Tuesday, October 23, 2007

in today's news: my cancer surgeon

Today's New York Times (and many other media outlets in the country) ran this article (or some version of it):
"More women with breast cancer are choosing to have their healthy breast surgically removed along with their affected breast, a new study has found. Almost 5 percent of patients decided to have the radical procedure in 2003, up from just under 2 percent in 1998."
The study's lead author? Dr. Todd Tuttle, the chief of surgical oncology at the University of Minnesota Medical School, also known on this blog as Dr. T, who spent six hours removing my sarcoma six and a half weeks ago ... one of the few people who's ever seen the inside of my body!

Also in today's NYT, this article about co-sleeping — and it's not all negative, either! Here's part of it:
In most of the world, sleeping next to your child is a necessity: families of limited means live in cramped quarters. But in the affluent West, the practice is widely frowned on, not just by grandparents and friends, but by the medical community at large.

Still, it is far more common than many people think. Nearly 13 percent of parents in the United States slept with their infants in 2000, up from 5.5 percent in 1993, according to a report last month in the journal Infant and Child Development. Countless children start the night in their own beds, only to wake up a few hours later and pad into their parents’ bedrooms, crawling into the bed or curling up nearby on the floor.

Ask parents if they sleep with their kids, and most will say no. But there is evidence that the prevalence of bed sharing is far greater than reported. Many parents are “closet co-sleepers,” fearful of disapproval if anyone finds out, notes James J. McKenna, professor of anthropology and director of the Mother-Baby Behavioral Sleep Laboratory at the University of Notre Dame.

“They’re tired of being censured or criticized,” Dr. McKenna said. “It’s not just that their babies are being judged negatively for not being a good baby compared to the baby who sleeps by himself, but they’re being judged badly for having these babies and being needy.”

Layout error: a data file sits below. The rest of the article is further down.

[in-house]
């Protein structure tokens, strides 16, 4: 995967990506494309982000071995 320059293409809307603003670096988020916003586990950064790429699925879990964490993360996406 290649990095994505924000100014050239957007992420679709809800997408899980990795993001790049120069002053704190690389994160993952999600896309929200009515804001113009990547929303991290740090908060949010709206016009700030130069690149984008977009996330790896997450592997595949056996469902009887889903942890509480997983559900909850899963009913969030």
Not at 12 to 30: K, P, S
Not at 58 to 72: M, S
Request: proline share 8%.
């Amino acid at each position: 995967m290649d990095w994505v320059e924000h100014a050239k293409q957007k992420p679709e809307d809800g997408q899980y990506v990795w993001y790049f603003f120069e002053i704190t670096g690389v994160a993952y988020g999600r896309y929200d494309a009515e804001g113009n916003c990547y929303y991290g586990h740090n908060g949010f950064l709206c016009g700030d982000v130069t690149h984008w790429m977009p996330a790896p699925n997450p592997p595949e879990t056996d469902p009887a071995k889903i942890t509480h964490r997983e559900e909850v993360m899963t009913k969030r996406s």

I've never really felt judged negatively for sleeping with Daniel (though perhaps I choose to be deliberately oblivious to judgmental attitudes), nor do I see him (or us) as being needy. I see him as a normal, sensitive baby who prefers the security of snuggling with his parents to being alone at night, and whose parents don't believe in crying it out. I was glad to see an article that didn't simply present fear-mongering opinions about co-sleeping dangers or make co-sleeping parents out to be wierdo hippies!

7 comments:

Anonymous said...

Em, I've heard nothing negative about co-sleeping.

My only concern is danger - not in Daniel becoming emotionally dependent, but rather the "rolling over onto baby" issue. But I imagine you have that under control, especially with proper pillow stategy. What have various magazines, etc. said about avoiding "rollover"?

- Susanne

Emilie said...

Sue, good question. I think parents instinctively have a sense of where their baby is in the bed, even when they're sleeping. We don't roll our bodies off the side of our beds, after all, do we? Because even in our sleep, we have an awareness of where the edge of the bed is. (It IS important not to cosleep when you've been drinking heavily or taking narcotic medications, though -- for that very reason.)

Personally speaking, I've never rolled over onto Daniel, and neither has Steve. I think we're both pretty hyper-aware of his presence in our bed.

liz said...

It's interesting that you posted this, because I felt bad after I said to you the other day, "Oh, he's still sleeping with you??" I only meant it as a question to which I didn't know the answer, but I realized later it might have come off as extremely judgmental! I'm very sorry for that. :|

Anyway - fascinating stuff!

Anonymous said...

Em, sounds like you have the "rollover" thing under good control.

Cool that Dr. Tuttle made the NY Times! (I doubt it's the first time.) I enjoyed meeting him - in fact, I enjoyed seeing the U of M campus - reminds me of PSU (but bigger), as it's an urban campus.

- Susanne

Emilie said...

Liz, I didn't get that at all from you ... don't worry!

kristine said...

Kind of crazy that your dr is in the news!! Cool, though.
I am very happy to (finally) read a positive thing about cosleeping. It was something that I struggled with and felt ashamed to admit for awhile. People really look down on people for it. I think it was a wonderful experience and if baby #2 needs it, we certainly will follow suit! Thanks for posting it.

Barbara said...

I think it's cool that Daniel sleeps with you guys! Actually, I've read that co-sleeping seems to help prevent SIDS, in addition to the emotional security it provides.

So that was Dr. T.! I read the article but it never occurred to me that he was your doc. You know, I was thinking, now that your sarcoma is a guest of Harvard University, that you (or pieces of you) have now attended two Ivy League schools. :) Impressive.